Further to last week's
post, the following sets out the immediate impact of the
Societies Act (the "Act") on
existing BC societies and what is require to transition to the
The Act, with a few noted exceptions therein, will apply to all
BC societies on the day it comes into force, being November 28,
2016, and each society will be required to immediately comply and
govern itself in accordance with the Act. Further, any provisions
in a society's bylaws that are inconsistent with the Act will
no longer have any effect as of November 28, 2016. This will be
true regardless of whether a society has transitioned to the Act or
not. All BC societies however, will need to transition to the Act
within two years of the Act coming into force.
In order to transition to the new Act, at a minimum, a society
ensure that the society is up to date
on its annual report filings and filed director and registered
prepare a version of its constitution
that contains only the societies' existing name and
complete a statement of directors and
registered office in a form to be provided by the Corporate
prepare a consolidated set of the
society's bylaws with any provisions previously in the
society's constitution (other than its name and purposes) moved
to the bylaws.
The documents listed as (2) through (4) above will form the
society's transition application, which will be electronically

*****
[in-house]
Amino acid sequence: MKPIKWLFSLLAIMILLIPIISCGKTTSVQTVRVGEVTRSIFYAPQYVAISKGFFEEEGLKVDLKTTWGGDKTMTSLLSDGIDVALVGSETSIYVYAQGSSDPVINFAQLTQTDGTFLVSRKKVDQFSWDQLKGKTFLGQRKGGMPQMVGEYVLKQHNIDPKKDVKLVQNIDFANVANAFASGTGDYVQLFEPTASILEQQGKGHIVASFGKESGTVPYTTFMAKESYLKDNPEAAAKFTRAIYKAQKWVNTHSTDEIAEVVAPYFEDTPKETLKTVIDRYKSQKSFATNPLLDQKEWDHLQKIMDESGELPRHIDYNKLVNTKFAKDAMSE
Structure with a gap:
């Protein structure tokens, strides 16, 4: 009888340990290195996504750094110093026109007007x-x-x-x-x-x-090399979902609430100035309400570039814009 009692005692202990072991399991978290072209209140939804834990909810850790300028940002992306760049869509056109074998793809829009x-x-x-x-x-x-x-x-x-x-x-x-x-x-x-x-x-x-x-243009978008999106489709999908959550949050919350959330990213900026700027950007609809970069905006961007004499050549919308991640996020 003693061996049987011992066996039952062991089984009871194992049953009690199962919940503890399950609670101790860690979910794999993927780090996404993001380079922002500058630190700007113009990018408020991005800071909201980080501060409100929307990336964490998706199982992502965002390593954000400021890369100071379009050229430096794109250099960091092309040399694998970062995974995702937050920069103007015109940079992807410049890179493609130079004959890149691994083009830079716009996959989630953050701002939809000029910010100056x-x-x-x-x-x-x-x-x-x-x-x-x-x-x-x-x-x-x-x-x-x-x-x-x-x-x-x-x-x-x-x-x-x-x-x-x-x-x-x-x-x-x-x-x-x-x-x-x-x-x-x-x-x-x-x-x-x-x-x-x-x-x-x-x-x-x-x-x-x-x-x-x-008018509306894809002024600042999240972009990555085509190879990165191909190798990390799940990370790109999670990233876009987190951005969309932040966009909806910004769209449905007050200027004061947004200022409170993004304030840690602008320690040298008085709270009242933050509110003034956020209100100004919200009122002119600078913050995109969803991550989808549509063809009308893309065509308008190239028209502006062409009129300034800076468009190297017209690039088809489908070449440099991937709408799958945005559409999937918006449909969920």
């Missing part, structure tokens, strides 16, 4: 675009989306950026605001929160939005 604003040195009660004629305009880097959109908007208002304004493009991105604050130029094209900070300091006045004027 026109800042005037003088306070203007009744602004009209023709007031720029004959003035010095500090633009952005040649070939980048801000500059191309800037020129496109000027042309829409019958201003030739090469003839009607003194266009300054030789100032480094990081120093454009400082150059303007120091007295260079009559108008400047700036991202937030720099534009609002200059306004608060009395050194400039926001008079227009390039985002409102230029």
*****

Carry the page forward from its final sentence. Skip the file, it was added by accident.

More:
filed with the Corporate Registry. Approval from a society's
members is not required to transition using the society's
existing bylaws. If a society, however, wishes to update its
current bylaws to ensure that they comply with the Act and take
advantage of the new governance provisions, or if a society wishes
to declare itself a member funded society, it may do so during the
transition process. In order to update, replace or otherwise revise
a society's bylaws or to declare a society a member-funded
society during the transition process a special resolution of the
members is required. This special resolution will be at the lower
threshold of 66%, unless the society's current bylaws provide
for a higher threshold.
The content of this article is intended to provide a general
guide to the subject matter. Specialist advice should be sought
about your specific circumstances.
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Under the Income Tax Act, the Employment Insurance Act, and the Excise Tax Act, a director of a corporation is jointly and severally liable for a corporation's failure to deduct and remit source deductions or GST.
Under the Income Tax Act, the Employment Insurance Act, the Canada Pension Plan Act and the Excise Tax Act, a director of a corporation is jointly and severally liable for a corporation's failure to deduct and remit source deductions.
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